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    Wisconsin Lawyer
    March 09, 2020

    Lawyer Discipline

    The Office of Lawyer Regulation assists the court in supervising the practice of law and protecting the public from misconduct by lawyers.

    The Office of Lawyer Regulation (OLR), an agency of the Wisconsin Supreme Court, provides these summaries for educational purposes. The OLR assists the court in supervising the practice of law and protecting the public from misconduct by lawyers. Find the full text of these summaries at

    Reinstatement of James M. Schoenecker

    On Dec. 13, 2019, the Wisconsin Supreme Court reinstated the law license of James M. Schoenecker, Elm Grove, finding that he complied with the post-suspension requirements set forth in SCR 22.26 and met all requirements for reinstatement stated in SCR 22.31. The court also ordered Schoenecker to continue monthly counseling for three years. In addition, the court ordered Schoenecker to pay the full cost of the proceeding, totaling $14,754.78. Disciplinary Proceedings Against Schoenecker, 2019 WI 105.

    In 2011, Schoenecker’s law license was suspended for three years. Having not reinstated from that suspension, Schoenecker received an additional one-year license suspension in 2016. Schoenecker’s first petition for reinstatement, filed in 2017, was unsuccessful.

    Public Reprimand of Michele Anne Tjader

    The Office of Lawyer Regulation (OLR) and Michele Anne Tjader, Oregon, entered into an agreement for imposition of a public reprimand pursuant to SCR 22.09(1). A supreme court-appointed referee thereafter approved the agreement, and issued the public reprimand on Jan. 31, 2020, in accordance with SCR 22.09(3).

    A man hired Tjader to represent him after he received citations for first-offense operating while intoxicated and refusing to submit to a chemical test. Following a municipal court trial, the client was convicted on both counts. At both the circuit court and appellate levels, Tjader failed to timely file the client’s appeals, in violation of SCR 20:1.3.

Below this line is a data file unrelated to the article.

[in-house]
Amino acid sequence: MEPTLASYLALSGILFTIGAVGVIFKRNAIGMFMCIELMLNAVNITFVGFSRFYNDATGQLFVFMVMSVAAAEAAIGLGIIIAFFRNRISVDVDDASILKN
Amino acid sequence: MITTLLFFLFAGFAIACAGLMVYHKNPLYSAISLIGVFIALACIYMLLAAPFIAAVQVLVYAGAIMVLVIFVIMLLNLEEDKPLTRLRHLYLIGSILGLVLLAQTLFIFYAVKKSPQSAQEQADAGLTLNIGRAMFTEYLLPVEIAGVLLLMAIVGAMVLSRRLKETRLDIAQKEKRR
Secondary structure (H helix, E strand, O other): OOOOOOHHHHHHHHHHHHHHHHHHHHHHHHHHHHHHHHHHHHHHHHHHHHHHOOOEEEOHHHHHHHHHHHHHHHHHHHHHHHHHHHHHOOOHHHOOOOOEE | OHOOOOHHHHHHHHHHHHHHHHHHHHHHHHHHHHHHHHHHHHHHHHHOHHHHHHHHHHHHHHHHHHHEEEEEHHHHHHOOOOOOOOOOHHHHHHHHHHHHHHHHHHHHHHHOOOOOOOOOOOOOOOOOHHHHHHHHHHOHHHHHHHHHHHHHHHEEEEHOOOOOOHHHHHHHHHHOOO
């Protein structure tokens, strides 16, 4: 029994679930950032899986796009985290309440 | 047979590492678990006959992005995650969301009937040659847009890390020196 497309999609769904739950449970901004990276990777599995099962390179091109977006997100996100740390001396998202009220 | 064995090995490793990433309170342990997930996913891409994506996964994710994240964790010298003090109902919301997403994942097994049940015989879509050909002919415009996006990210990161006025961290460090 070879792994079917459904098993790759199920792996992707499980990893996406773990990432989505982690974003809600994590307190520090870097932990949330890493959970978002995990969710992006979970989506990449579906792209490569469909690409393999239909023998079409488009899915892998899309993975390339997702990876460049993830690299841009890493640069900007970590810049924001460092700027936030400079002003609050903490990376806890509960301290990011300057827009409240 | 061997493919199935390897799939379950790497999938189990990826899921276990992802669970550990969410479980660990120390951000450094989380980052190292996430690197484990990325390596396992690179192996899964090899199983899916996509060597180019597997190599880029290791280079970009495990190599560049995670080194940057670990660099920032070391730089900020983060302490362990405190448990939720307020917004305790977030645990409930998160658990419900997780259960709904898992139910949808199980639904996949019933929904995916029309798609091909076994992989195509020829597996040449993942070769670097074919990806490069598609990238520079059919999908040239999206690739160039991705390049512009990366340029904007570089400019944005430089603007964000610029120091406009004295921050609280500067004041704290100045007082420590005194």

At the appellate level, Tjader was ordered to provide evidence to support her argument that her filing of the client’s appeal was not untimely. Tjader failed to abide by the court’s order, in violation of SCR 20:3.4(c).

    Throughout the representation, Tjader failed to respond to client emails and phone calls, including failing to communicate with the client after the dismissal of his appeal. By failing to respond to the client’s inquiries regarding the status of his case, Tjader violated SCR 20:1.4(a)(4).

    At the outset of the representation, the client paid an advanced fee, which was placed in Tjader’s business account, as permitted under former SCR 20:1.15(b)(4m)a. (effective before July 1, 2016) and current SCR 20:1.5(g). Upon termination of representation of the client, Tjader failed to comply with the post-representation notice provisions, in violation of SCR 20:1.5(g)(2), effective July 21, 2016, and formerly stated in SCR 20:1.15(b)(4m)b.

    Tjader failed to provide to the OLR a written response to the client’s grievance until after being ordered by the supreme court to show cause, in writing, why her law license should not be suspended for failing to cooperate with the OLR’s investigation, in violation of SCR 22.03(2) and (6), enforceable via SCR 20:8.4(h).

    Tjader was privately reprimanded in 2006 and 2014. She was publicly reprimanded in 2002 and 2018.

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